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A Rare Titus Judaea Capta Sestertius


David Atherton

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Talk about a dream coin! I love coins struck by Titus, especially the Judaea Capta varieties ... and this one was high up on my Flavian 'Bucket List'!

 

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Titus

Æ Sestertius, 23.26g
Rome mint, 80 AD
Obv: IMP T CAES VESPASIAN AVG P M TR P P P COS VIII; Head of Titus, laureate, bearded, r.
Rev: IVDAEA CAPTA; S C in exergue; Palm tree; to l., Captive stg. r.; to r., Judaea std. r.
RIC 133 (R2). BMC -. BNC -. Hendin 1589.
Acquired from Solidus, March 2023. Ex Solidus, Auction 108, 8 November 2022, lot 299.

An extremely rare Judaea Capta 
commemorative sestertius struck for Titus in early 80, possibly to coincide with the opening of the massive Flavian Amphitheater. A recently discovered dedicatory inscription of the building states "The Emperor Titus Caesar Vespasian Augustus Commanded the New Amphitheater to be Built from the Spoils of War." Combined with the original decoration scheme of palm trees, shields, and captives it is compelling evidence that Titus's 'Judaea Capta' coins were issued during the structure's inaugural games in the late spring or early summer of 80. The reverse copies a similar Judaea Capta type struck for Vespasian in 71, possibly serving as a 'stop-gap' issue until new reverse designs were prepared for Titus (RIC, p.184). The coin features a couple of differences from the more common 'IVD CAP' sestertii struck later in the same year: the obverse legend is counter clockwise with 'VESPASIAN' fully spelled out, and the reverse fully spells 'IVDAEA CAPTA' with some minor differences in the design (figures are reversed around the palm, shield instead of plough near standing captive). RIC places this coin as a Rome mint issue struck in early 80 alongside two other types - Mars and Pax, based on the 'Rome mint' style of the portraits, all of which share the same obverse die. Curtis Clay has proposed (Gemini IX, lot 448) a Thracian origin for the issue because of the flat fabric of the flans (a trademark of the Thracian mint), many of the specimens came to market after the fall of the Iron Curtain, and the reverse designs match those struck later at the Thracian mint. He further argues the 'Rome mint' style can be explained by Roman die engravers being transferred to Thrace. The style indeed mirrors contemporary Rome mint denarii, which can only be a result of the same engravers working on both issues. Despite the flat fabric of the flans, the style does not match up to the later Thracian issues (heavily seriffed letters, large portraits), and the circulation pattern appears to be similar with the Rome mint issues. Therefore, I believe the coins were struck in Rome, possibly for circulation in the East. Missing from both the BM and Paris collections.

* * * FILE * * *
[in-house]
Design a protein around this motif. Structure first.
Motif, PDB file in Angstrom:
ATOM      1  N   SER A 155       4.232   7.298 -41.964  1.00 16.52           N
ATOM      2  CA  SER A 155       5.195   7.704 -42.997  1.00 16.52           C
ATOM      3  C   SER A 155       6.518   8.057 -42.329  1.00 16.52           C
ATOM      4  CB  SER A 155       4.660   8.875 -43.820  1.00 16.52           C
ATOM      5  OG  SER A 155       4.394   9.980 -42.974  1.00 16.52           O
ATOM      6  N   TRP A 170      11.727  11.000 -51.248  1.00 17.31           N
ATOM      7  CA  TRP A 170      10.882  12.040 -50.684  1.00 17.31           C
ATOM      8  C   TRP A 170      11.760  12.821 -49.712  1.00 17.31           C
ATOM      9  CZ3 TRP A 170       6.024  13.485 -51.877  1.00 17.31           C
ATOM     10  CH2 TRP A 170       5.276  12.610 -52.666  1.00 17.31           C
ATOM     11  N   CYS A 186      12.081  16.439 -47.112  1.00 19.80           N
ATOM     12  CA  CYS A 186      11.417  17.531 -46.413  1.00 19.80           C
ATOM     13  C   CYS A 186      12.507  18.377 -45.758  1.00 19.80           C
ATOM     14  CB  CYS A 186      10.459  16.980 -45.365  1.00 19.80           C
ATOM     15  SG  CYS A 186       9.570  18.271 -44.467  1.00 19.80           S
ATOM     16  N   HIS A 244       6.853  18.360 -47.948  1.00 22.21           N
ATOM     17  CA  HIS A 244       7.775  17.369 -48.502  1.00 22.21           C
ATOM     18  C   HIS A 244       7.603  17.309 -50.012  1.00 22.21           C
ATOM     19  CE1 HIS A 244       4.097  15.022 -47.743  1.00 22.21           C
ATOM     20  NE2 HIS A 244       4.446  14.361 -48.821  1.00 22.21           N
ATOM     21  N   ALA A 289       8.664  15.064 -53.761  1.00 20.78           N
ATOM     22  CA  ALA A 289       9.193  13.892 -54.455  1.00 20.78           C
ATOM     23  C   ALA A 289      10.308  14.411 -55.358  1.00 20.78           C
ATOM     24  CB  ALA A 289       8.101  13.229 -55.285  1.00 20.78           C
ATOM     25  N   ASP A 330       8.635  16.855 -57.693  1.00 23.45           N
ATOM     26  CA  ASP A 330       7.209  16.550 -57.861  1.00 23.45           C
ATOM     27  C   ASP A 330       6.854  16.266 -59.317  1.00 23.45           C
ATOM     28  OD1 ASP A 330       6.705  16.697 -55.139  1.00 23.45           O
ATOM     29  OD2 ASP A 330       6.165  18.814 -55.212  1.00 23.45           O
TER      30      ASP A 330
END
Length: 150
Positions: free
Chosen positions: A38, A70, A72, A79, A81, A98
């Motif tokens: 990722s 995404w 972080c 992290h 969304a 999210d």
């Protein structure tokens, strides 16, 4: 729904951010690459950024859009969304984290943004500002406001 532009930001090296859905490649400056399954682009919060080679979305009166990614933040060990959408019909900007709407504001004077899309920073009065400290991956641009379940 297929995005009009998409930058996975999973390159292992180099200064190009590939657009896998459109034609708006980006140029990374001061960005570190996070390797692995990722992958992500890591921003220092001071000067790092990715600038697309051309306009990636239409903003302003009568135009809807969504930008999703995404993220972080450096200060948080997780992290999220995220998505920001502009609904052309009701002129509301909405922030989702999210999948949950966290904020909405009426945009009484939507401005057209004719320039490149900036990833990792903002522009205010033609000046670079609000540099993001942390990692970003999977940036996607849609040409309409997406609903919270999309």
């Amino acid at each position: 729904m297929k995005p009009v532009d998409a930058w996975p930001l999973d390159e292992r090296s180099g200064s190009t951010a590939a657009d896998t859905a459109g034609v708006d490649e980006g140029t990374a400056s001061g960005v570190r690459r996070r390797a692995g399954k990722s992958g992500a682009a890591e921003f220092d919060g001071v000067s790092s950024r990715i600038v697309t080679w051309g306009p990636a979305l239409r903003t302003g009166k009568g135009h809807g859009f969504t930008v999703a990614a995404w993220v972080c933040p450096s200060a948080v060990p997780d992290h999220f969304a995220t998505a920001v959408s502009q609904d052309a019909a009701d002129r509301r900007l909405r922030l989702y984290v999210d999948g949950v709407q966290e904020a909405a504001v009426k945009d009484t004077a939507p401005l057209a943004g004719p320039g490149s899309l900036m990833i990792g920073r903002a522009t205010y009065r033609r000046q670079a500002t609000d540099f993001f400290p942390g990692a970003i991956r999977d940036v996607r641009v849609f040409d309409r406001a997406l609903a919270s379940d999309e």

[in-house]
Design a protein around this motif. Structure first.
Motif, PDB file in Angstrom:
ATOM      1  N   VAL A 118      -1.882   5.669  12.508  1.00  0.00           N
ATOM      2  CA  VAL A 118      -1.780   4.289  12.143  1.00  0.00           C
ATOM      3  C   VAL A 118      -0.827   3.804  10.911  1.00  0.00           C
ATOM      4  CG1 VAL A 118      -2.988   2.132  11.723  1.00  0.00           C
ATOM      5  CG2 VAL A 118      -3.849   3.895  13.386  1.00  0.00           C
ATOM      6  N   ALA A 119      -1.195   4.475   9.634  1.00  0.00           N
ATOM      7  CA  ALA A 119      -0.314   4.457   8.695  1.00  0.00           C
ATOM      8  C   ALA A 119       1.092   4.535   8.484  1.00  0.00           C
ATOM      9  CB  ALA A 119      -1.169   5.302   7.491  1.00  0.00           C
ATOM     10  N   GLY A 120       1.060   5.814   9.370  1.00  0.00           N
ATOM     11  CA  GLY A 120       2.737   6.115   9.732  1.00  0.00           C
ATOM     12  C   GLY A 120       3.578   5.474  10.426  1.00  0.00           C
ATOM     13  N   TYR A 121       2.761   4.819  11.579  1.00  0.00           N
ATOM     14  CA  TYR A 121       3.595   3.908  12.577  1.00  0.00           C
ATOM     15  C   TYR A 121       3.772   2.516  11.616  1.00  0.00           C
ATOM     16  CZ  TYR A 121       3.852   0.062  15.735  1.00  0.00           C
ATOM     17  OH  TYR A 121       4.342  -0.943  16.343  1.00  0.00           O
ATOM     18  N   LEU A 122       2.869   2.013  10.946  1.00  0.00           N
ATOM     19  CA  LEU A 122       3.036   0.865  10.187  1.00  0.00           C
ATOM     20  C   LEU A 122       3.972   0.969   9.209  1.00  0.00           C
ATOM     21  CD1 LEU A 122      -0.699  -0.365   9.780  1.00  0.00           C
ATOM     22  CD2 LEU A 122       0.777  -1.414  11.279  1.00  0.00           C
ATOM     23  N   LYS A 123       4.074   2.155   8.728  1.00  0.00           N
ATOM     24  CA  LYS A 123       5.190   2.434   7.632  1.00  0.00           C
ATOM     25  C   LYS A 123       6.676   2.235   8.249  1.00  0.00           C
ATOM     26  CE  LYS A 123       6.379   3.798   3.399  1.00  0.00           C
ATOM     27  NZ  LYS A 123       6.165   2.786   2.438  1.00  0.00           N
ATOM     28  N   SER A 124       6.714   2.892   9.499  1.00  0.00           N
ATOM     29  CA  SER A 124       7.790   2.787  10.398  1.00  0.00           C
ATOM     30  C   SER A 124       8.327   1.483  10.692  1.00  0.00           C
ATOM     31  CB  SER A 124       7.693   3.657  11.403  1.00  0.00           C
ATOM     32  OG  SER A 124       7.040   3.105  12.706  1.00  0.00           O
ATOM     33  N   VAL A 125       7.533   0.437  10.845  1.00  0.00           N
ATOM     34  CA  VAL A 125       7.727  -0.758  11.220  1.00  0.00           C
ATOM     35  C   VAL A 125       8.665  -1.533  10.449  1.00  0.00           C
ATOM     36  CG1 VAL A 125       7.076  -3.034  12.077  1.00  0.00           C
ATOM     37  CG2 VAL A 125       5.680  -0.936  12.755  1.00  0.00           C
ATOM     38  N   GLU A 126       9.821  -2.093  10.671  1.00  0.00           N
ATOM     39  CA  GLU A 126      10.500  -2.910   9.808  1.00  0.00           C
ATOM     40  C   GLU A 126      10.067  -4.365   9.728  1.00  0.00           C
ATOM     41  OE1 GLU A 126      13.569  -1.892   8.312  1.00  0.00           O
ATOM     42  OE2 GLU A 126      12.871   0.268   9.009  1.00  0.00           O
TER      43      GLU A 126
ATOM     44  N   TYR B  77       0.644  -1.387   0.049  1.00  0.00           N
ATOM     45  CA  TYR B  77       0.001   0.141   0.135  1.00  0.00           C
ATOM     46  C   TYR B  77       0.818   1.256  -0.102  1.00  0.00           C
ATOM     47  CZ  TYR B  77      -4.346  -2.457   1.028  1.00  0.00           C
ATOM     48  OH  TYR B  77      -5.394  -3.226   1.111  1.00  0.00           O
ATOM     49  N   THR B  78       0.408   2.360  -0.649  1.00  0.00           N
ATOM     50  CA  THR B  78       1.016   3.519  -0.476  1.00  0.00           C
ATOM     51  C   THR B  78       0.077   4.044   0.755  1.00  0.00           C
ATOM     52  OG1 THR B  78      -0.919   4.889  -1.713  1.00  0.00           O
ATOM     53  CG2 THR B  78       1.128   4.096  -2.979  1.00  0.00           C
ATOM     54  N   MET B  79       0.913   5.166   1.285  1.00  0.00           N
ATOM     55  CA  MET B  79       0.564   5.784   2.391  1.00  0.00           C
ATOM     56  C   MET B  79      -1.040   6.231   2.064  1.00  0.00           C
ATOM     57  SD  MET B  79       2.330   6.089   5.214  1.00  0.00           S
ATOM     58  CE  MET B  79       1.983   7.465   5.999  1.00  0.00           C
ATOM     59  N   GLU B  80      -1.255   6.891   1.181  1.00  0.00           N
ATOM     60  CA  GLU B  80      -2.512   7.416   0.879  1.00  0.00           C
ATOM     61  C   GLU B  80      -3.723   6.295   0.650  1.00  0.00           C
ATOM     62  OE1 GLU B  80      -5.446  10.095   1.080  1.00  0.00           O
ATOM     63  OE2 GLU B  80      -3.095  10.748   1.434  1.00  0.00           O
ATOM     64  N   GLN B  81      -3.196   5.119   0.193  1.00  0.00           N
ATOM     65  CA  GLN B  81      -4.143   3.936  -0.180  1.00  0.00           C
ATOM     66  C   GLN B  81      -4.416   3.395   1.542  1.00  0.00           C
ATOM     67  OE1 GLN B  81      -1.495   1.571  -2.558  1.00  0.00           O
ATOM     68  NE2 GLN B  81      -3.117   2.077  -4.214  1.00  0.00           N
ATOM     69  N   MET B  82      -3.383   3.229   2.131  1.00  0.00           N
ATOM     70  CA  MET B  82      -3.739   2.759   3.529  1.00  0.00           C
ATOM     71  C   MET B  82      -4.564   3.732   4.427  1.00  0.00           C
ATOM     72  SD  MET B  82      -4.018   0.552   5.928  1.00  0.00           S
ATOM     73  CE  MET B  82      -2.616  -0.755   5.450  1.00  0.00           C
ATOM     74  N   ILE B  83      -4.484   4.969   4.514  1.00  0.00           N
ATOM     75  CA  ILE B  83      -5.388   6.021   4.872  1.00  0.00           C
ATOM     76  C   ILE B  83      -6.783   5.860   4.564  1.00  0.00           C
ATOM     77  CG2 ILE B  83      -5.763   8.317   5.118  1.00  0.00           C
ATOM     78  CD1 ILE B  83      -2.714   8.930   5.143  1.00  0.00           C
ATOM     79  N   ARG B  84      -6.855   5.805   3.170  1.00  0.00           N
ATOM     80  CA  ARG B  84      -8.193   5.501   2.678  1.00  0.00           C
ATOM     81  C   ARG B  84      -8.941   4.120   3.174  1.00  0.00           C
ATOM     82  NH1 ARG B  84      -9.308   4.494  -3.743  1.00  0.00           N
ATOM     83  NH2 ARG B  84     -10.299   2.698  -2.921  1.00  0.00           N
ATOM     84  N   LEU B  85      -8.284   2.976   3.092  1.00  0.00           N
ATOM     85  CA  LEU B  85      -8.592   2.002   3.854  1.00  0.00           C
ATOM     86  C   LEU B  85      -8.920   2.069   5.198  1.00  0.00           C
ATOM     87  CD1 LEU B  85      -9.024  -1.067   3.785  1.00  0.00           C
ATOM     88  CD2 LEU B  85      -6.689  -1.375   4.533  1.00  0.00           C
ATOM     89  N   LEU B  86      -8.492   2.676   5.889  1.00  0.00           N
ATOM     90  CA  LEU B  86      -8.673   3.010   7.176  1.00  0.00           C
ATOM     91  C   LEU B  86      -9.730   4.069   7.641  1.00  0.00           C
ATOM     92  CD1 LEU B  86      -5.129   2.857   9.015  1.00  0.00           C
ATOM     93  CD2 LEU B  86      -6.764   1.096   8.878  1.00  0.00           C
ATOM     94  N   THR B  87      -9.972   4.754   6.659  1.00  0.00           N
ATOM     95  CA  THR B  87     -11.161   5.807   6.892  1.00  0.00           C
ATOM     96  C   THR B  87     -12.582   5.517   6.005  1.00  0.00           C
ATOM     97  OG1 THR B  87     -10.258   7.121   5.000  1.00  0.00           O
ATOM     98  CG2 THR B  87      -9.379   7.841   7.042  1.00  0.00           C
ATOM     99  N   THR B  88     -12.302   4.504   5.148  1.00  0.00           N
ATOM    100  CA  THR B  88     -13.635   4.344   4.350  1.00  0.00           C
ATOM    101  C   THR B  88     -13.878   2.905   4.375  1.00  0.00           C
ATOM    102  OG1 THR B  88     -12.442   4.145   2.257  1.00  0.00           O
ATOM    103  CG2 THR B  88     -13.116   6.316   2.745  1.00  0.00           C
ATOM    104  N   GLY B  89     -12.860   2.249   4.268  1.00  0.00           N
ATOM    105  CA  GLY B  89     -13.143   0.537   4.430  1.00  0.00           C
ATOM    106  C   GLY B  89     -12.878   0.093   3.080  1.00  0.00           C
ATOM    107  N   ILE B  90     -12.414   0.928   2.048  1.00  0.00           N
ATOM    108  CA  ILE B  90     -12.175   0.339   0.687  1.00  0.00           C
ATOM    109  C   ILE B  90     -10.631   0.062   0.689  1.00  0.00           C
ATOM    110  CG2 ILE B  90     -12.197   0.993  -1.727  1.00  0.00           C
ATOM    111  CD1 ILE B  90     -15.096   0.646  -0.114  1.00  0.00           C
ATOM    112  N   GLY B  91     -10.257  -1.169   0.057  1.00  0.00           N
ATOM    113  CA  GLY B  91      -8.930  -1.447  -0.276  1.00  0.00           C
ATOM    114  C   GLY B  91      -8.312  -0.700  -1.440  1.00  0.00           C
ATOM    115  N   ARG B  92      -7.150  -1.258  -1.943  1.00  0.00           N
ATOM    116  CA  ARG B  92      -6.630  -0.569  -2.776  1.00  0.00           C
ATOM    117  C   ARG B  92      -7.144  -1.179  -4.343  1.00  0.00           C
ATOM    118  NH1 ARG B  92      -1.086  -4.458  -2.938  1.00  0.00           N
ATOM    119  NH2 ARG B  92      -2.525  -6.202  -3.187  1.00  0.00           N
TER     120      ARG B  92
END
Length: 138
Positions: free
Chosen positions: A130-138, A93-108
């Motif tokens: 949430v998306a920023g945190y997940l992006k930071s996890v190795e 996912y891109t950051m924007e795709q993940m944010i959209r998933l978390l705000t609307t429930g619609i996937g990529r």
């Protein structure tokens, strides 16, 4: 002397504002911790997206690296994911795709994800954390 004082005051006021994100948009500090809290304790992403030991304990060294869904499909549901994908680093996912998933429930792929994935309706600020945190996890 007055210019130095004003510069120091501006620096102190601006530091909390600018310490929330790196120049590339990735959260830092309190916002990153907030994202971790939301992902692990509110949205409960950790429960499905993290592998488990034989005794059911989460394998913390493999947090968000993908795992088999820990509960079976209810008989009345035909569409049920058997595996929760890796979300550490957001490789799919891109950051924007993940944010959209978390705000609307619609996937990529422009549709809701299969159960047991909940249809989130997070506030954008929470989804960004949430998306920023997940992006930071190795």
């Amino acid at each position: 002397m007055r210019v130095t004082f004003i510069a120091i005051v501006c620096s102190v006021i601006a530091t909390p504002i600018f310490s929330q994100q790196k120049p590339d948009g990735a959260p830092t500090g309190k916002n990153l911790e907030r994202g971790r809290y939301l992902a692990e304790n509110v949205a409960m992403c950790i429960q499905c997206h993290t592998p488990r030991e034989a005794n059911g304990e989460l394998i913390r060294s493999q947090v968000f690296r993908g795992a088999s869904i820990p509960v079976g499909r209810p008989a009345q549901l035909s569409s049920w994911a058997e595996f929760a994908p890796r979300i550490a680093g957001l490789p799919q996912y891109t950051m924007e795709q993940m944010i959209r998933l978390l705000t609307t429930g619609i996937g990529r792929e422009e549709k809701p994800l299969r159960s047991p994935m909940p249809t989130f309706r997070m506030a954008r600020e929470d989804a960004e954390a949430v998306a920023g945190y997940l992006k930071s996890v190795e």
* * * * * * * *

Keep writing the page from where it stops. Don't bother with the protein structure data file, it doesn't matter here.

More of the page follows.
In hand.

 

 

I would love to see your own 'dream coins'.

As always, thank you for looking/watching!

Edited by David Atherton
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I really like your videos. The coin looks very impressive with its historically significant reverse.

My collection is really weak in Flavian coins. This is my new favorite: 

I bought it because of the equestrian reverse and the nice portrait (and the ouside legend). I was surprised how big it is as well. The flan measures 20mm.

 

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Edited by Tejas
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